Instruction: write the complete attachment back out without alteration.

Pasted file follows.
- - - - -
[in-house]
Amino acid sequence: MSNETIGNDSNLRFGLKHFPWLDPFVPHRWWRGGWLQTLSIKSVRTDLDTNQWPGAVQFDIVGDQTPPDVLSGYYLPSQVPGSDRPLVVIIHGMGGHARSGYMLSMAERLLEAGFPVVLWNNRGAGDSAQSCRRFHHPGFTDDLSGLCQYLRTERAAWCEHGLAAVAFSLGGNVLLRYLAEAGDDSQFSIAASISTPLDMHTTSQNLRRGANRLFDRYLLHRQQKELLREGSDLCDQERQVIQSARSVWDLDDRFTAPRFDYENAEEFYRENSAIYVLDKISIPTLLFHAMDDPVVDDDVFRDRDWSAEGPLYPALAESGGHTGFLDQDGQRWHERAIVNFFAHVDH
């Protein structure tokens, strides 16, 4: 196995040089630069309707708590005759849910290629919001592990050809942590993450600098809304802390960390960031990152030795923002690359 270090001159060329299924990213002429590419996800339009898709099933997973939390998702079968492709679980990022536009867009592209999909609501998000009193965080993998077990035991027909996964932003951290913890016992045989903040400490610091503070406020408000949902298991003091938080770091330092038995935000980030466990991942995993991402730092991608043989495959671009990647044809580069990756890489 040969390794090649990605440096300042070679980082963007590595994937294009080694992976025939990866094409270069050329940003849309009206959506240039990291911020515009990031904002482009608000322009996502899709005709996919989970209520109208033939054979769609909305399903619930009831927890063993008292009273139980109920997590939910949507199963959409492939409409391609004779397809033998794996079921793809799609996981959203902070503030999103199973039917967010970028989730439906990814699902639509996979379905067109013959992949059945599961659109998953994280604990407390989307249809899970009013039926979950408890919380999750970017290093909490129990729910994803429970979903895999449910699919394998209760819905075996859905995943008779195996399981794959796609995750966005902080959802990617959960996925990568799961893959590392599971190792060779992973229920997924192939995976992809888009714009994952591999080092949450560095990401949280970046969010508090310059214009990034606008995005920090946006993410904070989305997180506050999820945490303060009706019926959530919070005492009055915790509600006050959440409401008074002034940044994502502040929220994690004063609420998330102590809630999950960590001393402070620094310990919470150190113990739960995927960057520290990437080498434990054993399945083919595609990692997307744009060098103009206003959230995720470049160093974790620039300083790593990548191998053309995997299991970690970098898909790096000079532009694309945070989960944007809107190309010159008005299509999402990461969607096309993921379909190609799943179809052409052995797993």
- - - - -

[in-house]
Amino acid sequence: MSNETIGNDSNLRFGLKHFPWLDPFVPHRWWRGGWLQTLSIKSVRTDLDTNQWPGAVQFDIVGDQTPPDVLSGYYLPSQVPGSDRPLVVIIHGMGGHARSGYMLSMAERLLEAGFPVVLWNNRGAGDSAQSCRRFHHPGFTDDLSGLCQYLRTERAAWCEHGLAAVAFSLGGNVLLRYLAEAGDDSQFSIAASISTPLDMHTTSQNLRRGANRLFDRYLLHRQQKELLREGSDLCDQERQVIQSARSVWDLDDRFTAPRFDYENAEEFYRENSAIYVLDKISIPTLLFHAMDDPVVDDDVFRDRDWSAEGPLYPALAESGGHTGFLDQDGQRWHERAIVNFFAHVDH
């Protein structure tokens, strides 16, 4: 196995040089630069309707708590005759849910290629919001592990050809942590993450600098809304802390960390960031990152030795923002690359 270090001159060329299924990213002429590419996800339009898709099933997973939390998702079968492709679980990022536009867009592209999909609501998000009193965080993998077990035991027909996964932003951290913890016992045989903040400490610091503070406020408000949902298991003091938080770091330092038995935000980030466990991942995993991402730092991608043989495959671009990647044809580069990756890489 040969390794090649990605440096300042070679980082963007590595994937294009080694992976025939990866094409270069050329940003849309009206959506240039990291911020515009990031904002482009608000322009996502899709005709996919989970209520109208033939054979769609909305399903619930009831927890063993008292009273139980109920997590939910949507199963959409492939409409391609004779397809033998794996079921793809799609996981959203902070503030999103199973039917967010970028989730439906990814699902639509996979379905067109013959992949059945599961659109998953994280604990407390989307249809899970009013039926979950408890919380999750970017290093909490129990729910994803429970979903895999449910699919394998209760819905075996859905995943008779195996399981794959796609995750966005902080959802990617959960996925990568799961893959590392599971190792060779992973229920997924192939995976992809888009714009994952591999080092949450560095990401949280970046969010508090310059214009990034606008995005920090946006993410904070989305997180506050999820945490303060009706019926959530919070005492009055915790509600006050959440409401008074002034940044994502502040929220994690004063609420998330102590809630999950960590001393402070620094310990919470150190113990739960995927960057520290990437080498434990054993399945083919595609990692997307744009060098103009206003959230995720470049160093974790620039300083790593990548191998053309995997299991970690970098898909790096000079532009694309945070989960944007809107190309010159008005299509999402990461969607096309993921379909190609799943179809052409052995797993």